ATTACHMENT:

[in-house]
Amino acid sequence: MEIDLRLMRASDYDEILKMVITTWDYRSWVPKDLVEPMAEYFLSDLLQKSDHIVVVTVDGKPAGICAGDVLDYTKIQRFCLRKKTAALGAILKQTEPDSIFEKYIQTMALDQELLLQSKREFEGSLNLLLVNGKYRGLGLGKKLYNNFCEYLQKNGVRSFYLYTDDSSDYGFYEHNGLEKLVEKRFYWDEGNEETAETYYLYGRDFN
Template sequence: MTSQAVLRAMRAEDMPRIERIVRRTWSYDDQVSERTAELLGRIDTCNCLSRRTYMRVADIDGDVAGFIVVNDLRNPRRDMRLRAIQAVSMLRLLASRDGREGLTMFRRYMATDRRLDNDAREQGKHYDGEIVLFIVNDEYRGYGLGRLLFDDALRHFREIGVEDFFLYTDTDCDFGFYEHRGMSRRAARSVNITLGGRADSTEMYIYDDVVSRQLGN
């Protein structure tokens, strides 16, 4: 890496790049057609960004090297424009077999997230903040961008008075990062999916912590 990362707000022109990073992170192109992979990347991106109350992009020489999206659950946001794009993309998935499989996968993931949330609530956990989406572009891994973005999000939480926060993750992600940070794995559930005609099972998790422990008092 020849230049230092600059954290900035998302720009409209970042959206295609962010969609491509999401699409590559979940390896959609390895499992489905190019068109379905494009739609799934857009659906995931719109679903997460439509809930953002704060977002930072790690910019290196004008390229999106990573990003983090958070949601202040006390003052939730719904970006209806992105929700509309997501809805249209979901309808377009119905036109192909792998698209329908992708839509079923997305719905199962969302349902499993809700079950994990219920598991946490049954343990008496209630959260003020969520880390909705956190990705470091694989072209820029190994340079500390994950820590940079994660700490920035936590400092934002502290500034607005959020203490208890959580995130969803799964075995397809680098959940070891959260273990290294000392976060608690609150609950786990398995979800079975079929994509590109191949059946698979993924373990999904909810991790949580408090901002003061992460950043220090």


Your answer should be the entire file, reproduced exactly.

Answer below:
[in-house]
Amino acid sequence: MEIDLRLMRASDYDEILKMVITTWDYRSWVPKDLVEPMAEYFLSDLLQKSDHIVVVTVDGKPAGICAGDVLDYTKIQRFCLRKKTAALGAILKQTEPDSIFEKYIQTMALDQELLLQSKREFEGSLNLLLVNGKYRGLGLGKKLYNNFCEYLQKNGVRSFYLYTDDSSDYGFYEHNGLEKLVEKRFYWDEGNEETAETYYLYGRDFN
Template sequence: MTSQAVLRAMRAEDMPRIERIVRRTWSYDDQVSERTAELLGRIDTCNCLSRRTYMRVADIDGDVAGFIVVNDLRNPRRDMRLRAIQAVSMLRLLASRDGREGLTMFRRYMATDRRLDNDAREQGKHYDGEIVLFIVNDEYRGYGLGRLLFDDALRHFREIGVEDFFLYTDTDCDFGFYEHRGMSRRAARSVNITLGGRADSTEMYIYDDVVSRQLGN
């Protein structure tokens, strides 16, 4: 890496790049057609960004090297424009077999997230903040961008008075990062999916912590 990362707000022109990073992170192109992979990347991106109350992009020489999206659950946001794009993309998935499989996968993931949330609530956990989406572009891994973005999000939480926060993750992600940070794995559930005609099972998790422990008092 020849230049230092600059954290900035998302720009409209970042959206295609962010969609491509999401699409590559979940390896959609390895499992489905190019068109379905494009739609799934857009659906995931719109679903997460439509809930953002704060977002930072790690910019290196004008390229999106990573990003983090958070949601202040006390003052939730719904970006209806992105929700509309997501809805249209979901309808377009119905036109192909792998698209329908992708839509079923997305719905199962969302349902499993809700079950994990219920598991946490049954343990008496209630959260003020969520880390909705956190990705470091694989072209820029190994340079500390994950820590940079994660700490920035936590400092934002502290500034607005959020203490208890959580995130969803799964075995397809680098959940070891959260273990290294000392976060608690609150609950786990398995979800079975079929994509590109191949059946698979993924373990999904909810991790949580408090901002003061992460950043220090």